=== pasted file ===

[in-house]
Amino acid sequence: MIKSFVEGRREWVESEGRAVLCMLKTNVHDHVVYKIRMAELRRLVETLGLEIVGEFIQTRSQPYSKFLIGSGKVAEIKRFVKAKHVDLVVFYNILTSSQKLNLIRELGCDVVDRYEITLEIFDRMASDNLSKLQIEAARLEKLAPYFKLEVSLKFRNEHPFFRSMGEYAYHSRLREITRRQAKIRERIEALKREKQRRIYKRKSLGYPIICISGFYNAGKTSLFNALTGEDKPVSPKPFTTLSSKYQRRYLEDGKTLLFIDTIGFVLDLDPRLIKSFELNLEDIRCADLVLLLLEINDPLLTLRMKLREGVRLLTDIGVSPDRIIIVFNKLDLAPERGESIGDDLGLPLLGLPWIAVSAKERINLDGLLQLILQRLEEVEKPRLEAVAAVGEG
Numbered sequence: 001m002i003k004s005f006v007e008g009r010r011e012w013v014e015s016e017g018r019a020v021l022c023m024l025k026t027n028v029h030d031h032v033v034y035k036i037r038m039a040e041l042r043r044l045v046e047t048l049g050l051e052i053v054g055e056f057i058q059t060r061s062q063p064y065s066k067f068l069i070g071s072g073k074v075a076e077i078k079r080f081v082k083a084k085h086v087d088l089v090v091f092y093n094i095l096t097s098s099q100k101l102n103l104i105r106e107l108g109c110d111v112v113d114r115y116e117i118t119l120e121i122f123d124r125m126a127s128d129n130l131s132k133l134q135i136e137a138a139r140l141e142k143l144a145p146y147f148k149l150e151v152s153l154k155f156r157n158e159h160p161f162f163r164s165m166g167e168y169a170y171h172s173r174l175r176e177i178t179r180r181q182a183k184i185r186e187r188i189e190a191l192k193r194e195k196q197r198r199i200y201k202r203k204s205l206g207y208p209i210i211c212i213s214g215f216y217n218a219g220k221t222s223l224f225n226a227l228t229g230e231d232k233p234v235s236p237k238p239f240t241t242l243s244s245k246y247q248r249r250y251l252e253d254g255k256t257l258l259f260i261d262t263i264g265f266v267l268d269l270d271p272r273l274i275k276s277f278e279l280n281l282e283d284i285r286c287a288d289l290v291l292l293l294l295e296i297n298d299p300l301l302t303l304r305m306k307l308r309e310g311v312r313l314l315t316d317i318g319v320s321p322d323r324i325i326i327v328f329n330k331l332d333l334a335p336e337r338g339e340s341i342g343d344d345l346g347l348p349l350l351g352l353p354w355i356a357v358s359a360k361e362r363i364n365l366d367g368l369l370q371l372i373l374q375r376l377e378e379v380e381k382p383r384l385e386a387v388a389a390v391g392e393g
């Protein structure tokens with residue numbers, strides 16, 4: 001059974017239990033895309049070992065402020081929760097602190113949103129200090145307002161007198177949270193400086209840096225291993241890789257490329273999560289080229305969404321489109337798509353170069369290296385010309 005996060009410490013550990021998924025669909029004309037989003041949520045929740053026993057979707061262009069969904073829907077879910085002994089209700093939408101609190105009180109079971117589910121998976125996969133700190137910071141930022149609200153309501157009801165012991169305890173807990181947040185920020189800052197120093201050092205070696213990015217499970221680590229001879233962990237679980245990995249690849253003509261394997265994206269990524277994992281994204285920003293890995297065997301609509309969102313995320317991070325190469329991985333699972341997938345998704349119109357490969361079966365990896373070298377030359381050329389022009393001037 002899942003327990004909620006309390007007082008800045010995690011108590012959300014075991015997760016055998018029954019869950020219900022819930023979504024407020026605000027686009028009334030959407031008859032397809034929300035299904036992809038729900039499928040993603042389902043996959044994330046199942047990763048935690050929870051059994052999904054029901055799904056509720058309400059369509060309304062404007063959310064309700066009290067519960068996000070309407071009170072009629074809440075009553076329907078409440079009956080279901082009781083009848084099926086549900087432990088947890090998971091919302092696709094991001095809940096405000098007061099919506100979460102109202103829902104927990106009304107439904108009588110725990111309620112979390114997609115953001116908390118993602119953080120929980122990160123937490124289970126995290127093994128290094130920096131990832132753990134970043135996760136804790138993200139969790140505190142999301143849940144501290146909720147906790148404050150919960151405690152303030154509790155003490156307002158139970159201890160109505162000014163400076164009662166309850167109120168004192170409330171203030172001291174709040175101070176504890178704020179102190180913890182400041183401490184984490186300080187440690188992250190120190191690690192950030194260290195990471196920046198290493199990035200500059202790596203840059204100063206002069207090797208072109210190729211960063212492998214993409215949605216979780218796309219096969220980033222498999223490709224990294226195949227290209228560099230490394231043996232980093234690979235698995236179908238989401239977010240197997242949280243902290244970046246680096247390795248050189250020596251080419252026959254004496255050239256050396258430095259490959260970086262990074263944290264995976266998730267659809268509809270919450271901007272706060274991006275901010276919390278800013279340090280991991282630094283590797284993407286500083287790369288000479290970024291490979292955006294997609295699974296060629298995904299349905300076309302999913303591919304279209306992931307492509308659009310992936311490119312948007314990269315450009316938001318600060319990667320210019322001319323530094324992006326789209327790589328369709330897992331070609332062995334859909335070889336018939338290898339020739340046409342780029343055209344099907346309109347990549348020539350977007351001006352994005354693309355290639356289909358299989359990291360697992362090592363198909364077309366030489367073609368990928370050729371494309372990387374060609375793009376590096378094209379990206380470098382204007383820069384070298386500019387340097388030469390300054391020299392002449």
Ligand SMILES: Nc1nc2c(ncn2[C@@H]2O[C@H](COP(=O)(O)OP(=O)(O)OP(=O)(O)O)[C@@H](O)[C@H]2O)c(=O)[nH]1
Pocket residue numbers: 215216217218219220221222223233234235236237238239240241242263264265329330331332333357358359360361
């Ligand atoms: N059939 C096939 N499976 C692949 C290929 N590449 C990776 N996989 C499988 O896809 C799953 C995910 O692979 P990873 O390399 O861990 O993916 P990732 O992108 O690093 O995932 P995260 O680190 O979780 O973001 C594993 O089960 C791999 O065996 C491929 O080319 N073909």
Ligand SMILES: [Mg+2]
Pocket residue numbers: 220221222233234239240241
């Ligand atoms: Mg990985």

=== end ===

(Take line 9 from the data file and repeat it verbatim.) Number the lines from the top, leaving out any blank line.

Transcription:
Pocket residue numbers: 220221222233234239240241